Whether we realize it or not, each of us has been applying data to decision-making processes since our youth. Remember that time you were selected to be the captain of the kickball team? The pressure of selecting the best team rested solely on YOUR shoulders. If you were like me, a million strategic thoughts went through your head as you tried to recruit the best team to ensure you won the game. The first step was evaluating the group of classmates staring back at me. What do I know about them? Are they a fast runner? A good kicker? A good fielder? My friend? After quickly assessing the answers to those questions, the selection process began.

In fundraising, we deal with a similar situation, faced with an entire pool of prospects and the desire to reach your fundraising goal. While the data needed to create the best team of donors is more complicated, the premise behind it is the same. We need to review data on our prospective and current donors to ensure we are selecting the right team to help us achieve each of our specific fundraising goals.

While scouting reports weren’t available for identifying the kickball skills of your classmates, tools exist to assist with the more complicated task of analyzing prospects. Wealth screening partners help development teams efficiently screen thousands of prospects and receive valuable information to identify your best potential donors. The results of the wealth screen can be analyzed and used to segment your prospects based on their historic philanthropic giving, their capacity (wealth) and by their wealth screening score.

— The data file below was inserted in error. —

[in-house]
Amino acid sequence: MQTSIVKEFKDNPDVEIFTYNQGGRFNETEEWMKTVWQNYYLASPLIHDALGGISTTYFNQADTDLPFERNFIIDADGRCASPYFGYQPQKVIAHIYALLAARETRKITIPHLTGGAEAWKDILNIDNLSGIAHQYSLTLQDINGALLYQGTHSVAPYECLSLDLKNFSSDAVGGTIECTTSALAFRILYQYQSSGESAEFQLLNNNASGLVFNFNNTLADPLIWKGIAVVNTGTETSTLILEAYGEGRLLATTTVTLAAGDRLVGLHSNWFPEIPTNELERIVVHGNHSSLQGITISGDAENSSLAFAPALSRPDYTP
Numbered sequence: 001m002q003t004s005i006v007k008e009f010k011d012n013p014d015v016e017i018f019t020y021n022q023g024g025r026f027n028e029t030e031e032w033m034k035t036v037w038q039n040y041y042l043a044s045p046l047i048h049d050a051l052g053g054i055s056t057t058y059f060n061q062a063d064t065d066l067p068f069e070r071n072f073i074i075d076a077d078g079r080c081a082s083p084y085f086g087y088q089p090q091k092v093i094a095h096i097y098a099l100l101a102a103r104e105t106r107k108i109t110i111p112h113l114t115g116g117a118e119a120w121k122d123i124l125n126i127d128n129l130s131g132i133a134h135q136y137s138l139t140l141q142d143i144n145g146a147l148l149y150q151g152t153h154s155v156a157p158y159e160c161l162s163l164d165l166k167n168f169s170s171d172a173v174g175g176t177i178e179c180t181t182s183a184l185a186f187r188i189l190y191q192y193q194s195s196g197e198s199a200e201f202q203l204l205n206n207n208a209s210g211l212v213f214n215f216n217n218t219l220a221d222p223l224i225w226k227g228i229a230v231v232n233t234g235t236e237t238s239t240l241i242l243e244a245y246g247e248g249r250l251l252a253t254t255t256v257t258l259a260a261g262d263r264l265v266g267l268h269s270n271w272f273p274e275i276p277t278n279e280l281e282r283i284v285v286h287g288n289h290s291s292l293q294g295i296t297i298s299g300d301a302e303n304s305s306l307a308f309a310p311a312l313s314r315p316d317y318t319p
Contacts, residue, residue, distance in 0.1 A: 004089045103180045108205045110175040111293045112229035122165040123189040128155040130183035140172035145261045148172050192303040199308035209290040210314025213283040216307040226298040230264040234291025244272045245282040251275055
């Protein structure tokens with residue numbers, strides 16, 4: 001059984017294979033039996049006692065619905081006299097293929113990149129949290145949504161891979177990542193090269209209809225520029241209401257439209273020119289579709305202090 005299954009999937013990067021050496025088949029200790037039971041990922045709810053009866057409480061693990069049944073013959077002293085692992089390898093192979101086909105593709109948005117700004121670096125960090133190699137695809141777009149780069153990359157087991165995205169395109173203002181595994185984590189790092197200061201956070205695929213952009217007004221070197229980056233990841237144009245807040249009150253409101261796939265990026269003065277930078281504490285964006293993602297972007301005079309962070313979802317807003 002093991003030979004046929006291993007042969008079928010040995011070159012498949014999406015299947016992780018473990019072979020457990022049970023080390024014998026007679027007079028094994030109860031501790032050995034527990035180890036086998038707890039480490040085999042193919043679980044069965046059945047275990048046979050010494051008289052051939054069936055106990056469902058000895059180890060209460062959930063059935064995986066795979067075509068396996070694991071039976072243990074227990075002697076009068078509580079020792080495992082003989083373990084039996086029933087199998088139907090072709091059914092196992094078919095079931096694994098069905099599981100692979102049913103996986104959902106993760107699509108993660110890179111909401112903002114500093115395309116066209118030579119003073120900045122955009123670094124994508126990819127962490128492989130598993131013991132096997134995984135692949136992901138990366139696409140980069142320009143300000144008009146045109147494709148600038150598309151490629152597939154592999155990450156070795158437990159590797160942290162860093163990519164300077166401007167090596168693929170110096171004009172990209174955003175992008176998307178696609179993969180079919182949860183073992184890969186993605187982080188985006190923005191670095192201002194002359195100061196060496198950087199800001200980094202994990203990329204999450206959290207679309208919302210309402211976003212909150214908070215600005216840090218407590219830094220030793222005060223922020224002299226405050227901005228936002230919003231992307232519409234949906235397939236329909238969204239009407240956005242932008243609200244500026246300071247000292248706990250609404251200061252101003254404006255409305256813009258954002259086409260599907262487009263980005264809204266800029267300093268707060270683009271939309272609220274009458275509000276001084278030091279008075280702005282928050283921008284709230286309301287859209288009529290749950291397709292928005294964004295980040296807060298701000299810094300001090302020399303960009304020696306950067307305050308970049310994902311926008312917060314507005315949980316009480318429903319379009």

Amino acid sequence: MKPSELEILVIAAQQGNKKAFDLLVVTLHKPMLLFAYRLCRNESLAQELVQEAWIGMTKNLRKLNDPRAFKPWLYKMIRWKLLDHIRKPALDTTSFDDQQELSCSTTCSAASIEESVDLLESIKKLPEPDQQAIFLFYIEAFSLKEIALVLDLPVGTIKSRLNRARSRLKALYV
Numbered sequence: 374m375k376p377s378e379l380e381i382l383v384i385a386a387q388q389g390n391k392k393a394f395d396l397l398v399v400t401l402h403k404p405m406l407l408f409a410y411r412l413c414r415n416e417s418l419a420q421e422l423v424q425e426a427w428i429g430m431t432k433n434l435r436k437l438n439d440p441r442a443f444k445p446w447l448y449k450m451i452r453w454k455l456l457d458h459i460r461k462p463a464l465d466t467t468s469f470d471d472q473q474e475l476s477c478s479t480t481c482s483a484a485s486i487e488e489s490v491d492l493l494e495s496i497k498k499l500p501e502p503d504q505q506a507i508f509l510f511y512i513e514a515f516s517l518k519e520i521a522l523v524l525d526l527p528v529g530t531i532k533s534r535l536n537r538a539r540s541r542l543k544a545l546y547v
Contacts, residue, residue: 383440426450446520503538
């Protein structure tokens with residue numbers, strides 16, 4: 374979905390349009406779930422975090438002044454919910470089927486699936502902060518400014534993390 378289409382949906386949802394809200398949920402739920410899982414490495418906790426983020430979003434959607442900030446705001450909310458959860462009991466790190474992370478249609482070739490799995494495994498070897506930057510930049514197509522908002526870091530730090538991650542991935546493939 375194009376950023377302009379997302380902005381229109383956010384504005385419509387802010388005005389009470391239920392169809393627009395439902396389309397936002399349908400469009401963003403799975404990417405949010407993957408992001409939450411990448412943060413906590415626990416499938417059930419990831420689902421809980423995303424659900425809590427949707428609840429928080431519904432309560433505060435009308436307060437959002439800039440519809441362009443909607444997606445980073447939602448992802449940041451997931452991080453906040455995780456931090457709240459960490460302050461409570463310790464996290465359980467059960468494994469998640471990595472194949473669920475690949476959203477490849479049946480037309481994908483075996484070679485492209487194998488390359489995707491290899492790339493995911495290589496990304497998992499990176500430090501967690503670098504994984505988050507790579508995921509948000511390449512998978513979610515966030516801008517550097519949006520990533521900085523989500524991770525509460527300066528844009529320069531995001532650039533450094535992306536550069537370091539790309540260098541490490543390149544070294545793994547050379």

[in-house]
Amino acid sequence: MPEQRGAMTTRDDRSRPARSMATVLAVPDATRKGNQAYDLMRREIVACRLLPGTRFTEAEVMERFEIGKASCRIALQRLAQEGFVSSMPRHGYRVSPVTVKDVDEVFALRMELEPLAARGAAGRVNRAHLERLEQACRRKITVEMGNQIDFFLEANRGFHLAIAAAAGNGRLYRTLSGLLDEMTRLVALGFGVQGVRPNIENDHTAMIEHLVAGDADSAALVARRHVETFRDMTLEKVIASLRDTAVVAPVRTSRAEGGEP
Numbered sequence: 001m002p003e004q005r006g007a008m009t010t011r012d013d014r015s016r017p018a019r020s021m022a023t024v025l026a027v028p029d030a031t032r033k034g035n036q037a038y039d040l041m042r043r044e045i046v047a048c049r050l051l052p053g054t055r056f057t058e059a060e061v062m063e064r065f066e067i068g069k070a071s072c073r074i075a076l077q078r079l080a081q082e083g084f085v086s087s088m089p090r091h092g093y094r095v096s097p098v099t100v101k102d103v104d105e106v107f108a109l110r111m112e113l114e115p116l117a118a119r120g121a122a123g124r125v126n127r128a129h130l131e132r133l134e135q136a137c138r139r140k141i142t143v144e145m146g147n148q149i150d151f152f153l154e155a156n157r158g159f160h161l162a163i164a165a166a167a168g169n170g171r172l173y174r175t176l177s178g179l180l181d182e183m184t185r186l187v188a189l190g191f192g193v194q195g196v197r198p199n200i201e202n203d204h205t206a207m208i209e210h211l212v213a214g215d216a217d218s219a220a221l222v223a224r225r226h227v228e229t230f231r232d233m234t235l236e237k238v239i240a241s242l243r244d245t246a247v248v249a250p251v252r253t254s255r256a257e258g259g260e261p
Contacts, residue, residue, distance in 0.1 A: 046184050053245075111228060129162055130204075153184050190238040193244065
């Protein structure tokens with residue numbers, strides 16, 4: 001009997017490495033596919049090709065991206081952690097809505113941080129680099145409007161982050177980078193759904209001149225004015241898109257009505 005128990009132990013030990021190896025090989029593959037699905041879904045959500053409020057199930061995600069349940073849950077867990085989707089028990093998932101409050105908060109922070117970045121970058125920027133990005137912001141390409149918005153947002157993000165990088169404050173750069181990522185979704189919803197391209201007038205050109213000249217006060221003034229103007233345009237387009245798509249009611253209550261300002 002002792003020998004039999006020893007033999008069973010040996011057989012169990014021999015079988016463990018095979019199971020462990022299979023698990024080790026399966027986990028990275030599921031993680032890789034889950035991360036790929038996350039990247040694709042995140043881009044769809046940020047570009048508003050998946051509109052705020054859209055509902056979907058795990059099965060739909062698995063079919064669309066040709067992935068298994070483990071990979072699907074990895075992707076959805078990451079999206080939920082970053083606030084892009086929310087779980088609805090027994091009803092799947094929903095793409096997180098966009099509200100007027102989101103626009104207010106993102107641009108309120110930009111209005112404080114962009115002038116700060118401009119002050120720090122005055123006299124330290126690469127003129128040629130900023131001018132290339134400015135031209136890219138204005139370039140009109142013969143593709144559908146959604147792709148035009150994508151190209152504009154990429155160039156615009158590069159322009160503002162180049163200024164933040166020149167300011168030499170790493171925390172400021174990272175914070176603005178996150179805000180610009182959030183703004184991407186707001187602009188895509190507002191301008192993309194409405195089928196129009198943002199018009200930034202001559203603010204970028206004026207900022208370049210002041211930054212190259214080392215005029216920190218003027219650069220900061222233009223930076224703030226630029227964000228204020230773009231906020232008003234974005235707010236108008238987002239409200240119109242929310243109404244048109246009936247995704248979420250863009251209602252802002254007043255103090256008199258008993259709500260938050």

The segmentation of prospective donors provides you information to develop a better understanding of the composition of your prospect file. With that understanding, development teams can build solid cultivation strategies designed to maximize internal resources and manage the amount of time and effort spent on each level of donor. For example, an organization can segment their file into Major Gift Prospects and Annual Gift Prospects. Once segmented, specific strategies can be developed to cultivate relationships with each level of donor, steward them and eventually make the appropriate ask. While a more individualized approach may be required for Major Gift Prospects, those you identify as Annual Gift Prospects may utilize a multi-channel approach including digital media, social media, direct mail, phone calls, etc.

As you continue to work toward your fundraising goals, remember a wealth screen can be a valuable tool in making sure the right players…I mean donors….are on the team!




Image by Philippa Rose-Tite on Unsplash

Posted by Nathan Sprenger
Nathan Sprenger

Written by Nathan Sprenger

As COO of DBD Group and an active consultant with the team, Nathan brings a unique perspective to DBD's work with nonprofits across the country.

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